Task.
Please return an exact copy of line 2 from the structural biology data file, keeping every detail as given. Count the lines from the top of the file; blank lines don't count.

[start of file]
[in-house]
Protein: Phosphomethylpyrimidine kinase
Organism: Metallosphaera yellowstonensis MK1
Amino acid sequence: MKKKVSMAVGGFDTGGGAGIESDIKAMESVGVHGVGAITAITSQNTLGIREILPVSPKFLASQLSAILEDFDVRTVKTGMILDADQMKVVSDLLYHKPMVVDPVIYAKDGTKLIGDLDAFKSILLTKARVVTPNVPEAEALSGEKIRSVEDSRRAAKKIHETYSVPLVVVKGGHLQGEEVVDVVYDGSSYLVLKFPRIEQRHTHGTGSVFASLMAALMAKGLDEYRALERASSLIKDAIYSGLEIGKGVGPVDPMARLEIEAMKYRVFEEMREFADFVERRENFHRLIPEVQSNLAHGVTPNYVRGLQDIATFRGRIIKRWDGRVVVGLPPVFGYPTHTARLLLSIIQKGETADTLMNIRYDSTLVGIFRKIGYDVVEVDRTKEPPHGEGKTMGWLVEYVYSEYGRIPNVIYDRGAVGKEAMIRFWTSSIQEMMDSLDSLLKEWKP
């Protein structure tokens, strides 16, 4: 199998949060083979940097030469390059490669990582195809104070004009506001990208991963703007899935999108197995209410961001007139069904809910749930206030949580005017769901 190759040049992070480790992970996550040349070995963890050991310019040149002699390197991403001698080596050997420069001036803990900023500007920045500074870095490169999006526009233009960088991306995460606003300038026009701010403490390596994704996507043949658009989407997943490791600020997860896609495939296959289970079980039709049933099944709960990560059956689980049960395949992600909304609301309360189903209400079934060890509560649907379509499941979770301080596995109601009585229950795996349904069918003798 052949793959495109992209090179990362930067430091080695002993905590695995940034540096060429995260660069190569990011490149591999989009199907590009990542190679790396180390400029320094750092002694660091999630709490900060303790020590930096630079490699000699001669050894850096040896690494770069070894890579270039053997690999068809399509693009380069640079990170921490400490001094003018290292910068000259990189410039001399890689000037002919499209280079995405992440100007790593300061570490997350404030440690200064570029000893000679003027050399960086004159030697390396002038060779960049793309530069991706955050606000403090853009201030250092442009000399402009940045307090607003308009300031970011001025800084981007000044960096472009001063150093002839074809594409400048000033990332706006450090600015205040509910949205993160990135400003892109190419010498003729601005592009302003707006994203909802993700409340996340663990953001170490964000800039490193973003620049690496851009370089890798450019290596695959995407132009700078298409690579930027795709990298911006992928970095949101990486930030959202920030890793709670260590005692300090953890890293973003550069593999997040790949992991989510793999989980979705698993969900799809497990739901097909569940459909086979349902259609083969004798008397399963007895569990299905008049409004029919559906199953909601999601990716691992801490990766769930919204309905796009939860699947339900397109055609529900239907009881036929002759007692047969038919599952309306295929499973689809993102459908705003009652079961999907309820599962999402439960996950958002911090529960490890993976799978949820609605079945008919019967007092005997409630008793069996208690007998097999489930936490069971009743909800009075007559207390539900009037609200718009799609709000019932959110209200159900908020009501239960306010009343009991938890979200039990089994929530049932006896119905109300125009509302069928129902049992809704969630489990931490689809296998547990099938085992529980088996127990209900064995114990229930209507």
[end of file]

Protein: Phosphomethylpyrimidine kinase